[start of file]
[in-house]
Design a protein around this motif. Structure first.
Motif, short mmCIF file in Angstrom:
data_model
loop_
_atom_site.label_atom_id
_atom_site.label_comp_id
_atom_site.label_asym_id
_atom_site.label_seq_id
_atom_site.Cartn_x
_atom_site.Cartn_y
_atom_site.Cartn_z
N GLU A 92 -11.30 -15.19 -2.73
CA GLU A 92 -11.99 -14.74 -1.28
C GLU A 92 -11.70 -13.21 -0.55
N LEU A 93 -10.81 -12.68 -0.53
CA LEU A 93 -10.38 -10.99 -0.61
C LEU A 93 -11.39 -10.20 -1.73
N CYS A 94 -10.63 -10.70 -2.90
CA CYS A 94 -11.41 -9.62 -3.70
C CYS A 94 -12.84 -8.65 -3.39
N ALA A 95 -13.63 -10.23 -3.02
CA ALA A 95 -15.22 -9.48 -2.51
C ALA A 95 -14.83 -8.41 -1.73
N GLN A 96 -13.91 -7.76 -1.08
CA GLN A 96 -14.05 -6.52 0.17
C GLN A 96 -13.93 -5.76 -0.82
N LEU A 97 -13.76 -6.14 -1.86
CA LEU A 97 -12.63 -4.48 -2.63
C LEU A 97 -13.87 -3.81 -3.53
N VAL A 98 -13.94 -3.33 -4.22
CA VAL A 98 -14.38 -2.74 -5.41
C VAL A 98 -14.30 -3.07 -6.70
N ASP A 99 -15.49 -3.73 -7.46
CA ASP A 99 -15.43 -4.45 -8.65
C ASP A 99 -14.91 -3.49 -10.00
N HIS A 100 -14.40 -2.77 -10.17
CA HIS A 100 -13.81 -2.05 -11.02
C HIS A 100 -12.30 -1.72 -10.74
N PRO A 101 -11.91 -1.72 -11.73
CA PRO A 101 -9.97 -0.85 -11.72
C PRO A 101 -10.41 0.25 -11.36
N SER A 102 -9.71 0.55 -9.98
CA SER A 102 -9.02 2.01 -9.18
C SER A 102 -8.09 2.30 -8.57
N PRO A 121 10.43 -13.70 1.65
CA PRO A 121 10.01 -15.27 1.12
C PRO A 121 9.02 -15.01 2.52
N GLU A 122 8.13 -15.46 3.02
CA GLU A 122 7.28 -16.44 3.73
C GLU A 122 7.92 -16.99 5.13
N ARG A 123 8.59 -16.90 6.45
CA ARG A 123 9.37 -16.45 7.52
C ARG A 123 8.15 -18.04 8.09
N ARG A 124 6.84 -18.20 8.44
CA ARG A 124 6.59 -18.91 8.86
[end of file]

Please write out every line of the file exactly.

[in-house]
Design a protein around this motif. Structure first.
Motif, short mmCIF file in Angstrom:
data_model
loop_
_atom_site.label_atom_id
_atom_site.label_comp_id
_atom_site.label_asym_id
_atom_site.label_seq_id
_atom_site.Cartn_x
_atom_site.Cartn_y
_atom_site.Cartn_z
N GLU A 92 -11.30 -15.19 -2.73
CA GLU A 92 -11.99 -14.74 -1.28
C GLU A 92 -11.70 -13.21 -0.55
N LEU A 93 -10.81 -12.68 -0.53
CA LEU A 93 -10.38 -10.99 -0.61
C LEU A 93 -11.39 -10.20 -1.73
N CYS A 94 -10.63 -10.70 -2.90
CA CYS A 94 -11.41 -9.62 -3.70
C CYS A 94 -12.84 -8.65 -3.39
N ALA A 95 -13.63 -10.23 -3.02
CA ALA A 95 -15.22 -9.48 -2.51
C ALA A 95 -14.83 -8.41 -1.73
N GLN A 96 -13.91 -7.76 -1.08
CA GLN A 96 -14.05 -6.52 0.17
C GLN A 96 -13.93 -5.76 -0.82
N LEU A 97 -13.76 -6.14 -1.86
CA LEU A 97 -12.63 -4.48 -2.63
C LEU A 97 -13.87 -3.81 -3.53
N VAL A 98 -13.94 -3.33 -4.22
CA VAL A 98 -14.38 -2.74 -5.41
C VAL A 98 -14.30 -3.07 -6.70
N ASP A 99 -15.49 -3.73 -7.46
CA ASP A 99 -15.43 -4.45 -8.65
C ASP A 99 -14.91 -3.49 -10.00
N HIS A 100 -14.40 -2.77 -10.17
CA HIS A 100 -13.81 -2.05 -11.02
C HIS A 100 -12.30 -1.72 -10.74
N PRO A 101 -11.91 -1.72 -11.73
CA PRO A 101 -9.97 -0.85 -11.72
C PRO A 101 -10.41 0.25 -11.36
N SER A 102 -9.71 0.55 -9.98
CA SER A 102 -9.02 2.01 -9.18
C SER A 102 -8.09 2.30 -8.57
N PRO A 121 10.43 -13.70 1.65
CA PRO A 121 10.01 -15.27 1.12
C PRO A 121 9.02 -15.01 2.52
N GLU A 122 8.13 -15.46 3.02
CA GLU A 122 7.28 -16.44 3.73
C GLU A 122 7.92 -16.99 5.13
N ARG A 123 8.59 -16.90 6.45
CA ARG A 123 9.37 -16.45 7.52
C ARG A 123 8.15 -18.04 8.09
N ARG A 124 6.84 -18.20 8.44
CA ARG A 124 6.59 -18.91 8.86